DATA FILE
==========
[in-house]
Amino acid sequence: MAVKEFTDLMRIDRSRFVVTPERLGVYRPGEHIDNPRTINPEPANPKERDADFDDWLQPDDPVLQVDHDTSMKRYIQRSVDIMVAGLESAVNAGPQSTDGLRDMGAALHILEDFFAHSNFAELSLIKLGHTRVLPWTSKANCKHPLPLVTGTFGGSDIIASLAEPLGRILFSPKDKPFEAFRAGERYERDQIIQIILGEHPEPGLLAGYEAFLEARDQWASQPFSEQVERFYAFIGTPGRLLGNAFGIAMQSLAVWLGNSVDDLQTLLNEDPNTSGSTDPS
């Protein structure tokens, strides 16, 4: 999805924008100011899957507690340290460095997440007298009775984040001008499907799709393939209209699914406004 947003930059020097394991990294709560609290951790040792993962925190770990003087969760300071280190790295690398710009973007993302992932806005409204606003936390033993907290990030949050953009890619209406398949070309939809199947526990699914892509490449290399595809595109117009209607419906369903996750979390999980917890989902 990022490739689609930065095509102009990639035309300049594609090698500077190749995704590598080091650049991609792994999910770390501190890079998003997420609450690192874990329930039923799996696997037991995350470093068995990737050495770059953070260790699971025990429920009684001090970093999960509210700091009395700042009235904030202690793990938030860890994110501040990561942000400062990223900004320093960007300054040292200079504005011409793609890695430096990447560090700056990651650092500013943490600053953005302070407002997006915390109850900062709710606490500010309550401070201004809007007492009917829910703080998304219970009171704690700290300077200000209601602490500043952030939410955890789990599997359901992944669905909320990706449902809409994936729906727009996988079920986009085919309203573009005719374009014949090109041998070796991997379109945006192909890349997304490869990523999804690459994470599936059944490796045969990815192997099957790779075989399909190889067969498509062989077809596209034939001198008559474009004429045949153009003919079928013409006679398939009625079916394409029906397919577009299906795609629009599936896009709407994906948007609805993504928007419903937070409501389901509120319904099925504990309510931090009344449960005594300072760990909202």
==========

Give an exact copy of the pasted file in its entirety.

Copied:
[in-house]
Amino acid sequence: MAVKEFTDLMRIDRSRFVVTPERLGVYRPGEHIDNPRTINPEPANPKERDADFDDWLQPDDPVLQVDHDTSMKRYIQRSVDIMVAGLESAVNAGPQSTDGLRDMGAALHILEDFFAHSNFAELSLIKLGHTRVLPWTSKANCKHPLPLVTGTFGGSDIIASLAEPLGRILFSPKDKPFEAFRAGERYERDQIIQIILGEHPEPGLLAGYEAFLEARDQWASQPFSEQVERFYAFIGTPGRLLGNAFGIAMQSLAVWLGNSVDDLQTLLNEDPNTSGSTDPS
């Protein structure tokens, strides 16, 4: 999805924008100011899957507690340290460095997440007298009775984040001008499907799709393939209209699914406004 947003930059020097394991990294709560609290951790040792993962925190770990003087969760300071280190790295690398710009973007993302992932806005409204606003936390033993907290990030949050953009890619209406398949070309939809199947526990699914892509490449290399595809595109117009209607419906369903996750979390999980917890989902 990022490739689609930065095509102009990639035309300049594609090698500077190749995704590598080091650049991609792994999910770390501190890079998003997420609450690192874990329930039923799996696997037991995350470093068995990737050495770059953070260790699971025990429920009684001090970093999960509210700091009395700042009235904030202690793990938030860890994110501040990561942000400062990223900004320093960007300054040292200079504005011409793609890695430096990447560090700056990651650092500013943490600053953005302070407002997006915390109850900062709710606490500010309550401070201004809007007492009917829910703080998304219970009171704690700290300077200000209601602490500043952030939410955890789990599997359901992944669905909320990706449902809409994936729906727009996988079920986009085919309203573009005719374009014949090109041998070796991997379109945006192909890349997304490869990523999804690459994470599936059944490796045969990815192997099957790779075989399909190889067969498509062989077809596209034939001198008559474009004429045949153009003919079928013409006679398939009625079916394409029906397919577009299906795609629009599936896009709407994906948007609805993504928007419903937070409501389901509120319904099925504990309510931090009344449960005594300072760990909202």